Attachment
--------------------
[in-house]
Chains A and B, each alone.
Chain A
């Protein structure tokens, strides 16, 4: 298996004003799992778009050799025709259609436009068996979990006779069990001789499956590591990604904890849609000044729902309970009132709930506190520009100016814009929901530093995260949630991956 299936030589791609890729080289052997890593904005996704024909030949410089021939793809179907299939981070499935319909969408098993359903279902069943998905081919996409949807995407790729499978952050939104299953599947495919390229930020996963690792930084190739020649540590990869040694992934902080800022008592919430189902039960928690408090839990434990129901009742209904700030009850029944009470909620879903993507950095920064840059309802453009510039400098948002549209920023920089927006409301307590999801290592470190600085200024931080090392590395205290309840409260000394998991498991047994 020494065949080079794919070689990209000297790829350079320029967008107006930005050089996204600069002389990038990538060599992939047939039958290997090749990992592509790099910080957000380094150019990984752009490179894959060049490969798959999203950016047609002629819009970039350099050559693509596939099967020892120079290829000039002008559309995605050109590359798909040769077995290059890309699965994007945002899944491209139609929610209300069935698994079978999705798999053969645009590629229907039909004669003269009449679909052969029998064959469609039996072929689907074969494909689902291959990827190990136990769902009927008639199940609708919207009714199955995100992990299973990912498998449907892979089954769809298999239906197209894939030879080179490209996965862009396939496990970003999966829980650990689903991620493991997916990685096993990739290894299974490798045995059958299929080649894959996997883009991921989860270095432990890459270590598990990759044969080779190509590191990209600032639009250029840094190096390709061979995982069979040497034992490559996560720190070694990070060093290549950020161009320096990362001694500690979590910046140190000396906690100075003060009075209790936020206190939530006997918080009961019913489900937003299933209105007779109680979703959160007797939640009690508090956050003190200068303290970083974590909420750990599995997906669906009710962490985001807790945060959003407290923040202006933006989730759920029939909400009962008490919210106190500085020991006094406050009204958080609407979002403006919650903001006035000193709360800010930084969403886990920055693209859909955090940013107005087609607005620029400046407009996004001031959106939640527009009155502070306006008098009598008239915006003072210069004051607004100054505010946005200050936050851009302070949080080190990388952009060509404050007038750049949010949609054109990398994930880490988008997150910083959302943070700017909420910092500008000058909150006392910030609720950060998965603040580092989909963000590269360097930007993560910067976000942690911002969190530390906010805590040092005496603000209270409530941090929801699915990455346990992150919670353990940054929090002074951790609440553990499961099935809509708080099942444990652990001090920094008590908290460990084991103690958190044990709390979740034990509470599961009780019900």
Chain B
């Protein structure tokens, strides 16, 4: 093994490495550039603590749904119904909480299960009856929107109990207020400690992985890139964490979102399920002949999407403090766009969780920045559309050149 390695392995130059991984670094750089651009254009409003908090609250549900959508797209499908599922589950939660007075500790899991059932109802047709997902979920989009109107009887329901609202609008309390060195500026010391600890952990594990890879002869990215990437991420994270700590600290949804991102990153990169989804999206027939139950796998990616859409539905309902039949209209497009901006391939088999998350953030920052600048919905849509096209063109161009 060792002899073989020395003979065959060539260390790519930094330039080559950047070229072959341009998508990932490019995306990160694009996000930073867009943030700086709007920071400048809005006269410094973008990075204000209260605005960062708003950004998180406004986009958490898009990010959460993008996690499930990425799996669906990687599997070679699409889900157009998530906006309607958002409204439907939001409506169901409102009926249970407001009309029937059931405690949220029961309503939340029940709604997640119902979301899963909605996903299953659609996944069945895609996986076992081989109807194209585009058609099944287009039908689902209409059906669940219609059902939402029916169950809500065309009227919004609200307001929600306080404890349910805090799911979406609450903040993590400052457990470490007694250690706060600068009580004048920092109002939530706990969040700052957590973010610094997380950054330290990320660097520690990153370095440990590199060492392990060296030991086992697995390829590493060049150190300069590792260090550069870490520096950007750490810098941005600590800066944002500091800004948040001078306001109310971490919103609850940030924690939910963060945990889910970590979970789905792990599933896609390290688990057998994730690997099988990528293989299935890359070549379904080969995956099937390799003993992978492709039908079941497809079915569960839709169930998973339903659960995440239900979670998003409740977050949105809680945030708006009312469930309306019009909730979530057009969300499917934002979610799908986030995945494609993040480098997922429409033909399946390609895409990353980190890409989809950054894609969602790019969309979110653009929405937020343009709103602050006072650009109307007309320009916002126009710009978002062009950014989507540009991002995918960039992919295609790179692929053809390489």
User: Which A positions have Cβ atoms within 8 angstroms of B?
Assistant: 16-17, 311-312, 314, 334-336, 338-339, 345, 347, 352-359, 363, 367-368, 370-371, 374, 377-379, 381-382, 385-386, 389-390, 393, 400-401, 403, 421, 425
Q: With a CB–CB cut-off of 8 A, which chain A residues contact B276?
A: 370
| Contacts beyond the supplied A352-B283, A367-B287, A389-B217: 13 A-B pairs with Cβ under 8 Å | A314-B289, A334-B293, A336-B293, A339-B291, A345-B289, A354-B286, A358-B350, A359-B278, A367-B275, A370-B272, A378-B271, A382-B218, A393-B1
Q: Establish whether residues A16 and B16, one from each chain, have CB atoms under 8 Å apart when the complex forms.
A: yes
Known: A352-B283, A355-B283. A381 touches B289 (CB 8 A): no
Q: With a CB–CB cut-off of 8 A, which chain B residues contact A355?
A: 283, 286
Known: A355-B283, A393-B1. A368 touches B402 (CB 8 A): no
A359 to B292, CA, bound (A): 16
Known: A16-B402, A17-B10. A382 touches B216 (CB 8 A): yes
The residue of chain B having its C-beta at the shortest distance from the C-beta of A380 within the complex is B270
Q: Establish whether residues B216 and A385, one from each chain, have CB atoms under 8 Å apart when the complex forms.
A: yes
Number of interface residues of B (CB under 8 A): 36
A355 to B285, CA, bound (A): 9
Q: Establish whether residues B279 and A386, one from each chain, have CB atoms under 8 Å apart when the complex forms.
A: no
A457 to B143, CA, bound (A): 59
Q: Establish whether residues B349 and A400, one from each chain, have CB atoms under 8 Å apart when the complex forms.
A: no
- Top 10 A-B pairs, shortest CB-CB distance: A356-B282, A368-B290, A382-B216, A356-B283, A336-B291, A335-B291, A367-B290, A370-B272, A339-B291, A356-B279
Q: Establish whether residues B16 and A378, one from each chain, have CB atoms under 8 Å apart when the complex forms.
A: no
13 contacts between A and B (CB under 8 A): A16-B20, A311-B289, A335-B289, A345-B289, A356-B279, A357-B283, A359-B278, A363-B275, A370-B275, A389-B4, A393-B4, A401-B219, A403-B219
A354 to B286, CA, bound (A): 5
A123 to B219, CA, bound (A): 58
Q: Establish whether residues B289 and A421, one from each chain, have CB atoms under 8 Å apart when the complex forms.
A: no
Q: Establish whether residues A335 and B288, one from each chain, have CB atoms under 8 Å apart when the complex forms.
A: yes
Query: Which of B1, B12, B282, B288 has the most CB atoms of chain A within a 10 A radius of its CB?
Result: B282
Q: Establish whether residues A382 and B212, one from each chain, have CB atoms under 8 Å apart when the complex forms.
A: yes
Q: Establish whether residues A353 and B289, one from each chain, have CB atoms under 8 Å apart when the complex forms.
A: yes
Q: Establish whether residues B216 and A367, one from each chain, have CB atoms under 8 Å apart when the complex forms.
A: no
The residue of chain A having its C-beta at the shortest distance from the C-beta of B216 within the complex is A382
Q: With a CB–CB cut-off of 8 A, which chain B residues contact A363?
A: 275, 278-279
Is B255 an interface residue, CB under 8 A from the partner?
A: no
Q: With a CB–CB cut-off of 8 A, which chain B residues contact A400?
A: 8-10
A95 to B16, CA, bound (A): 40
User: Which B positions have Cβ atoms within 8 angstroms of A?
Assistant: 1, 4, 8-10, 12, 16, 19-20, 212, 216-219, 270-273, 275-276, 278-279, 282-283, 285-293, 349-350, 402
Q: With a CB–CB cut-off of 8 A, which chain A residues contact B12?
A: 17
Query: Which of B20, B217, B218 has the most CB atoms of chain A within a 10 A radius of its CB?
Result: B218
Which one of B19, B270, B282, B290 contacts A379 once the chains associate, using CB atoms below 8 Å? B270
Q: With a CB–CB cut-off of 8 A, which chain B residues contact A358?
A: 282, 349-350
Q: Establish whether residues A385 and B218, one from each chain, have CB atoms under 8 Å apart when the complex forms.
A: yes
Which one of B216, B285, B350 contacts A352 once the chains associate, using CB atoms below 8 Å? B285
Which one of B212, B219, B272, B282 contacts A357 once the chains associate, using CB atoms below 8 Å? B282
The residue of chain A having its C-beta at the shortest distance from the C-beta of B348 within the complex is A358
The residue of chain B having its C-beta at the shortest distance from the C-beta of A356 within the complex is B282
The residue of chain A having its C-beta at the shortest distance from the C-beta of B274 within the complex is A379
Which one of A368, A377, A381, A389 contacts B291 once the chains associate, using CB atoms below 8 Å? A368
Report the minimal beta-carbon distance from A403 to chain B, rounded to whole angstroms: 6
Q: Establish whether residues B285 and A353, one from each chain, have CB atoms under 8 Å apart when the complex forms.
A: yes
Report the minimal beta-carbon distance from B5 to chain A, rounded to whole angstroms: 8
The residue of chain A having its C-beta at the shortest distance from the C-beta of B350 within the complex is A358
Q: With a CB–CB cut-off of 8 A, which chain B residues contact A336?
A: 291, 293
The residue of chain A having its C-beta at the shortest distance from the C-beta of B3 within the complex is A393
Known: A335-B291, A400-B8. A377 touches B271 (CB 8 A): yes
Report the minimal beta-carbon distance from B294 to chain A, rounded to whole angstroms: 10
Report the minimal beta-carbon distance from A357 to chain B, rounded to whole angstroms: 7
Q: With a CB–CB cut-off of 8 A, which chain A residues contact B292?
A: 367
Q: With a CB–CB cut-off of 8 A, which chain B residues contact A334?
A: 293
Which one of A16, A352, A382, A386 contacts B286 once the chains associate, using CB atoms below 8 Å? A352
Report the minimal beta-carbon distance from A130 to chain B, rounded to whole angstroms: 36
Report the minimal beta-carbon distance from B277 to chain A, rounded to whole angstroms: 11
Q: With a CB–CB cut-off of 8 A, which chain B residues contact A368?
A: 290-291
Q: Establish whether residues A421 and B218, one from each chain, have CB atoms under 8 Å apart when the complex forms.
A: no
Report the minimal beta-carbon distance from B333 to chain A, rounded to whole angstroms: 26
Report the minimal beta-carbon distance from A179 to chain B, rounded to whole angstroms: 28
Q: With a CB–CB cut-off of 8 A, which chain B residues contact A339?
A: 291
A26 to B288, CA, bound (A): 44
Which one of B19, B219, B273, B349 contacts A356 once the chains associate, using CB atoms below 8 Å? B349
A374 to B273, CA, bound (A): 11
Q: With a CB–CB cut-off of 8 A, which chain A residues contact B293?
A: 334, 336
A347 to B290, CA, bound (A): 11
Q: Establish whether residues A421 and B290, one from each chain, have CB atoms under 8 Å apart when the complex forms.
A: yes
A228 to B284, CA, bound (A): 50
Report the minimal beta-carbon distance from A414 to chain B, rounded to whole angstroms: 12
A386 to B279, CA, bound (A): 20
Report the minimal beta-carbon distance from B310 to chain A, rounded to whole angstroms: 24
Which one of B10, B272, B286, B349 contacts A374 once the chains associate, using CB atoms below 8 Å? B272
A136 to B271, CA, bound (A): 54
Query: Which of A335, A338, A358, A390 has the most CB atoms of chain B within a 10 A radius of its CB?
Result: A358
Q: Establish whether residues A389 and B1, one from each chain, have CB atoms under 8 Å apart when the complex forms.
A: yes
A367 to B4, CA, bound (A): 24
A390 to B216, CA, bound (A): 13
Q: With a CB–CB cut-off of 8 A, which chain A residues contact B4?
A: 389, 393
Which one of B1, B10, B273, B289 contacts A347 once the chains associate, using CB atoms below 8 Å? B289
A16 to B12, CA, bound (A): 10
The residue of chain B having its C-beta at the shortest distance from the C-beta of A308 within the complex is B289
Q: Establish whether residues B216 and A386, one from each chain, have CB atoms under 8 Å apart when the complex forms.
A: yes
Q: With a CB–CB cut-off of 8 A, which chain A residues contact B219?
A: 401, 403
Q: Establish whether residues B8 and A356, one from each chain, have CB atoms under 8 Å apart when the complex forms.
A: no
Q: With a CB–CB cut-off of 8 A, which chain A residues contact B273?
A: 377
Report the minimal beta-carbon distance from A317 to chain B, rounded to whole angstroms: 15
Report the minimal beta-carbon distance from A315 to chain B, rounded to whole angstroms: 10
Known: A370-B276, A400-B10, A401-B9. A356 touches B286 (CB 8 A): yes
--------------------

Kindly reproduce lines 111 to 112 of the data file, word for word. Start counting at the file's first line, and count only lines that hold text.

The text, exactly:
Which one of B10, B272, B286, B349 contacts A374 once the chains associate, using CB atoms below 8 Å? B272
A136 to B271, CA, bound (A): 54